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Old 12-06-2010, 04:17 PM   #1
Oct 2009
Corvallis, OR
Posts: 22

Background on the beer:

I brewed a Berliner Weiss with fresh fruit that was frozen and pureed. It was a no boil and chilled down to ~90 degrees. I then infected it with fresh grain in order to simulate a sour mash and slowly ramped the fermenter from 90-110 over the next 4 days. The temp was then dropped quickly to 70 degrees and safale 05 was added. After another week of fermentation, it was racked into a secondary. Within a few days of arriving in the secondary, a white film began to form on top. This film formed and went away soon after. I took a sample yesterday with a friend and it tasted great so I had decided it might be time to bottle. When I woke up today, the white film is back, I'm assuming from oxygen being introduced. The white film is thin and flaky. It's been two months since it was brewed.

Is this beer ready to be bottled? or does it need to age longer?

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Old 12-06-2010, 04:21 PM   #2
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Jan 2010
Santa Fe, NM
Posts: 1,232
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subscirbed, I too have a berliner weisse that has been in secondary for about 2 months now. It's been 3 months since I brewed it. Never did get a real good pelicle on it but the taste is there. I may add more lacto at some point because it isn't quite sour enough for my tastes.
"The ordinary world is only the foam on top of the real world." Tom Robbins (B is for Beer)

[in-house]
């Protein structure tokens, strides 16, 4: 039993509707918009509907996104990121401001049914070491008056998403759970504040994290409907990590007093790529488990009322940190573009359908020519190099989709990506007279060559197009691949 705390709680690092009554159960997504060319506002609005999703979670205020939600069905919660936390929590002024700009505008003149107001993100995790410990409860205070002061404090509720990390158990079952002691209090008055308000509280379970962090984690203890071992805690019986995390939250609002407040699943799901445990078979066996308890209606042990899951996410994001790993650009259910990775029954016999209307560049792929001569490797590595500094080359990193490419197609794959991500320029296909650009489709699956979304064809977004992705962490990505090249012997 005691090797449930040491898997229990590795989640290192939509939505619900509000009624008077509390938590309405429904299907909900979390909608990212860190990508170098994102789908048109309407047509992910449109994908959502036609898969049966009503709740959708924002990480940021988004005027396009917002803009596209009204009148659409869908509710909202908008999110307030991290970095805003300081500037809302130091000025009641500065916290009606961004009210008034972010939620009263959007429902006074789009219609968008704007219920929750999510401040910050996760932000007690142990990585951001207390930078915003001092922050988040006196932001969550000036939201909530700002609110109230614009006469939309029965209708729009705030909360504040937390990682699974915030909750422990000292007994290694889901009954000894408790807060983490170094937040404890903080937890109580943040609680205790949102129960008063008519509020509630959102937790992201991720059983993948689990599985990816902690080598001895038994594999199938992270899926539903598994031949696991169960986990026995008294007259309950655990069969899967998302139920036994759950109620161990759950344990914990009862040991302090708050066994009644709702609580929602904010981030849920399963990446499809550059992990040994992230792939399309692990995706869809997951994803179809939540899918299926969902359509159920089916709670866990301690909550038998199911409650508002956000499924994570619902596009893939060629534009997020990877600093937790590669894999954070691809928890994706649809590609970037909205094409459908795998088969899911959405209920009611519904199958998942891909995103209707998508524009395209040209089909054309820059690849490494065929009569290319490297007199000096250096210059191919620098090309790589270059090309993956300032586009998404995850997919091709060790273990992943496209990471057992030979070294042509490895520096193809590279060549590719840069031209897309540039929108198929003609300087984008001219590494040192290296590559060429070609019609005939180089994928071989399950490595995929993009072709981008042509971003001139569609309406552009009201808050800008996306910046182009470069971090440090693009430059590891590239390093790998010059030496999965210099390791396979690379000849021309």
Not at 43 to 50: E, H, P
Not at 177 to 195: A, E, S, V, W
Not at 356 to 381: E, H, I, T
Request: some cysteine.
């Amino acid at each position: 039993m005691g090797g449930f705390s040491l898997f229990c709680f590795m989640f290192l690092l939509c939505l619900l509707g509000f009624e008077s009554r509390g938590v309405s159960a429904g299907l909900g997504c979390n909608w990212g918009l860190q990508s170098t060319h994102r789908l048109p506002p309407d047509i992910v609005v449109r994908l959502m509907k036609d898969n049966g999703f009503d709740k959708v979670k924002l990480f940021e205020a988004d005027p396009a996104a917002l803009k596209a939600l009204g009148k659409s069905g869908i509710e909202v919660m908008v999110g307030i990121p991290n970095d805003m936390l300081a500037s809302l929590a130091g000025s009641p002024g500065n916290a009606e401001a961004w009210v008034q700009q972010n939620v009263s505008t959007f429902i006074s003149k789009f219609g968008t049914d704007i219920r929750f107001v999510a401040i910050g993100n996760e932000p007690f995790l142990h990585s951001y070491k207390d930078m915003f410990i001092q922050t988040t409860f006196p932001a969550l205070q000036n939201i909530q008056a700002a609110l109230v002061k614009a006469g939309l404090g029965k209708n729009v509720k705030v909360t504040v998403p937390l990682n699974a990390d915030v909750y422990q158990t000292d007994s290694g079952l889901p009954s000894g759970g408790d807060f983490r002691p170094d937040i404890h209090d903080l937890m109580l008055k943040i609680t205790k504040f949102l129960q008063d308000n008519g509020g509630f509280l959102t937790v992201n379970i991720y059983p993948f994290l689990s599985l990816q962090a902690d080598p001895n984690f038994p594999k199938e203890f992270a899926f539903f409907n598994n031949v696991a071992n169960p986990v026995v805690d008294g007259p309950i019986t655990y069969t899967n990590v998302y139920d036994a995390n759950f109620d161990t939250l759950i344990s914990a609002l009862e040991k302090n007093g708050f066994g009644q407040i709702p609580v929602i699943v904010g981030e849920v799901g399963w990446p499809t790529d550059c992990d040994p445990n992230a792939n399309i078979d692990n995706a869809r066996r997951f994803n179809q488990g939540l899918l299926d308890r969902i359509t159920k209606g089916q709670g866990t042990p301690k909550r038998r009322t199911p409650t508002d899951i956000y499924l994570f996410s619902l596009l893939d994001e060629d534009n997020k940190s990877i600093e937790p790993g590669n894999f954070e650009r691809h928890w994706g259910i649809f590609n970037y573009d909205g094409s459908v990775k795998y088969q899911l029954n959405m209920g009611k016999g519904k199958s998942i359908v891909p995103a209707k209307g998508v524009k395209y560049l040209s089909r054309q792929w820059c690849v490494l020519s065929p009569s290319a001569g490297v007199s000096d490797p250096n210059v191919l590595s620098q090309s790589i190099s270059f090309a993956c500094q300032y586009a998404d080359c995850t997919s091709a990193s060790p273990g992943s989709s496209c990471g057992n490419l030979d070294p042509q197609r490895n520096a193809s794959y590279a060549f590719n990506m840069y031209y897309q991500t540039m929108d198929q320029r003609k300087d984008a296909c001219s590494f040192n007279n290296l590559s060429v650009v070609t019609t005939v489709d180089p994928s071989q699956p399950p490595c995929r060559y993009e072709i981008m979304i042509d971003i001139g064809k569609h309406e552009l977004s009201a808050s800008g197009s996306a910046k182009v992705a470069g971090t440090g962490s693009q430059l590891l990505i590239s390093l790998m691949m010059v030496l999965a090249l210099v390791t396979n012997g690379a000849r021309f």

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Old 12-06-2010, 04:53 PM   #3
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Jul 2009
Keller, Texas
Posts: 4,882
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It's probably lacto. When you threw in the grain, you added lacto and anything else that was on the grain (e.g. other bacteria, mold spores, other fungus, etc.) and during those four days all of those critters had time to build up a little colony. Although the lacto and later yeast may have won and fermented the fermentable sugars, the other critters you introduced may have had the opportunity to rise up and start consuming unfermentable sugars.

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Old 12-06-2010, 08:21 PM   #4
Oldsock's Avatar
Sep 2007
DC, Washington DC
Posts: 3,236
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What is the gravity currently? As the previous poster mentioned fermenting with unknown bugs can be a bit tricky since you can’t be sure what is and is not in there. If the gravity in >1.004 I’d be hesitant to bottle this early, most of my Berliners end up pretty close to 1.000.
Check out The Mad Fermentationist for my adventures in fermentation and my book: American Sour Beers!

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Old 12-07-2010, 04:30 AM   #5
Nov 2008
Posts: 841
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I have to agree with oldsock, it doesnt take many pts off the FG to over carb bottles and create grenades

When adding grain to the beer you introduce many things other than sacch,lacto,brett, there are many other oxidative yeasts that are very hardy and will chew up all kinds of normally unfermentable sugars

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